YA

Diverse Characters in Hammer of Thor

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Have I talked about how much I love all the diverse elements Rick Riordan has brought into his books? It’s honestly so nice to see as a person who grew up with the Percy Jackson series. To see the world become more and more real if that makes sense to say in a fictional world where Gods and demigods exist. Heroes of Olympus had such a diverse set of heroes and I might say that made me love it even more than Percy Jackson. Now Magnus Chase is on it’s way to being that way as well.

In this book we have Magnus and friends in search of Thor’s hammer. They have to obtain the hammer before Loki enacts some crazy plan of his. Loki is up to Loki things as always. He’s always got a reason for the things he does. Probably not something that will work out well for the good guys. I mainly want to talk about some of the awesome characters in  this book for this review.

Samirah is such an interesting character to me. She is a Muslim girl who is devoted to her faith. She’s also a  Valykyrie. I like that we got more conversation on how this all adds up for her. How she is able to reconcile the two very different beliefs. Samirah is a really great character. You really see the toll that being a child of Loki has put on her in this book through her relationship with her sibling Alex. Plus because of everything Loki puts the both of them up against over the course of this book. Loki gets no points in the parent department even if he’s not complete trash all the time. I feel like Alex and Samirah need to meet Nico and Hazel. I feel like they’d be able to compare experiences a little. The stigma with being a child of Loki vs. being a child of Hades. I’d like to see it.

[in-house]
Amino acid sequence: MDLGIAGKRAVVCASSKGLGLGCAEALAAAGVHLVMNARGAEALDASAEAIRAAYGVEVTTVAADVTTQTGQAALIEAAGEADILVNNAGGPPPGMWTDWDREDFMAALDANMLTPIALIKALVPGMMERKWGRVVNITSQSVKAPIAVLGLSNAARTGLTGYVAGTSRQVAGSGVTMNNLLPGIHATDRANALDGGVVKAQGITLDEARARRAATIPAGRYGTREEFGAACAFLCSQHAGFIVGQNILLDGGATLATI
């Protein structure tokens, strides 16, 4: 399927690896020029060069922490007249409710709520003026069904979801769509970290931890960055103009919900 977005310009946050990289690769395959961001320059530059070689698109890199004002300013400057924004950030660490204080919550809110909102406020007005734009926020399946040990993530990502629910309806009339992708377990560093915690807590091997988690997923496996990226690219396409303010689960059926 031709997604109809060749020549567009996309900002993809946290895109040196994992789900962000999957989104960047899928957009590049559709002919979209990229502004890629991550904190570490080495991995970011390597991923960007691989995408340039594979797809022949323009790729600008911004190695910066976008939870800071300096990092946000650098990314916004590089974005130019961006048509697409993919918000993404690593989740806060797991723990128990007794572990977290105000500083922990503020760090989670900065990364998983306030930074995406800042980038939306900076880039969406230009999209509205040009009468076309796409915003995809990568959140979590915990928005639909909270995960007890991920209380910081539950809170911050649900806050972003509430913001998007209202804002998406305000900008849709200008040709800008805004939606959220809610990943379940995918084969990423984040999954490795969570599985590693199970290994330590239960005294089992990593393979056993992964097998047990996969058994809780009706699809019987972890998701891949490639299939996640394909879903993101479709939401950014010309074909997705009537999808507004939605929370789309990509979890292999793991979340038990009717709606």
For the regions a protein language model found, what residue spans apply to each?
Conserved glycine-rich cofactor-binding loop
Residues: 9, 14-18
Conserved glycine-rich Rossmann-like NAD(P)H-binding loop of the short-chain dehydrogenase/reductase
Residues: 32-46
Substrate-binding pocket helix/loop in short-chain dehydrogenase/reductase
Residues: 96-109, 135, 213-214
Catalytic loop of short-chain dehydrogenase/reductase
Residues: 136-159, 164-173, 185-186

I love Hearthstone and Blitz’s friendship. In the first book you definitely see it but here you see how much they really mean to each other. Blitz is Hearthstone’s family. Hearthstone’s real family didn’t treat him well. Partially because of his inability to hear. Anything different was a problem for them. Hearthstone’s father is really frustrating to read when we finally meet him in this book. It definitely made me want to see more about Hearthstone’s background but also made me excited to see Hearthstone get more powerful going forward. His reverence for the Gods is also really nice to see in this story. I’m ready for more magic use. I didn’t know about the Norse God Vidar. often known as the Silent God. Having Vidar draw a connection to Hearthstone because of it was interesting.  Vidar even signs to Hearthstone in a type of sign language only Hearthstone understood. Possible Alf Sign language.  It was a really cool moment to me.

I was really excited when Alex was introduced. It’s so refreshing seeing a genderfluid character in a series that spins off from a series I grew up watching.  Also, I have to wonder if Alex is Magnus’ love interest. When you read the first Percy Jackson book you already have a feeling who might be endgame.  You don’t get that with Magnus Chase book 1. The Sword of Summer. There is definitely a connection between Magnus and Alex in this book that is making me think it could happen.

Magnus reaction to meeting Alex was so well done. Magnus spent most of his life homeless. Living on the streets. He’s met many queer homeless youth in that time. He knows people who are non-binary. He’s been in shelters with people that are Trans and genderfluid before. So he really doesn’t have a big reaction to it at all like a large portion of Valhalla seems to. If Magnus is falling for Alex I’m wondering if Alex is possibly pansexual too. Magnus never has shown attraction to anyone in the series yet so he is an open book in a book that explores many different identities. Maybe Magnus just likes Alex. We’ll have to see. Either way having the protagonist of the series in a queer relationship would be really awesome.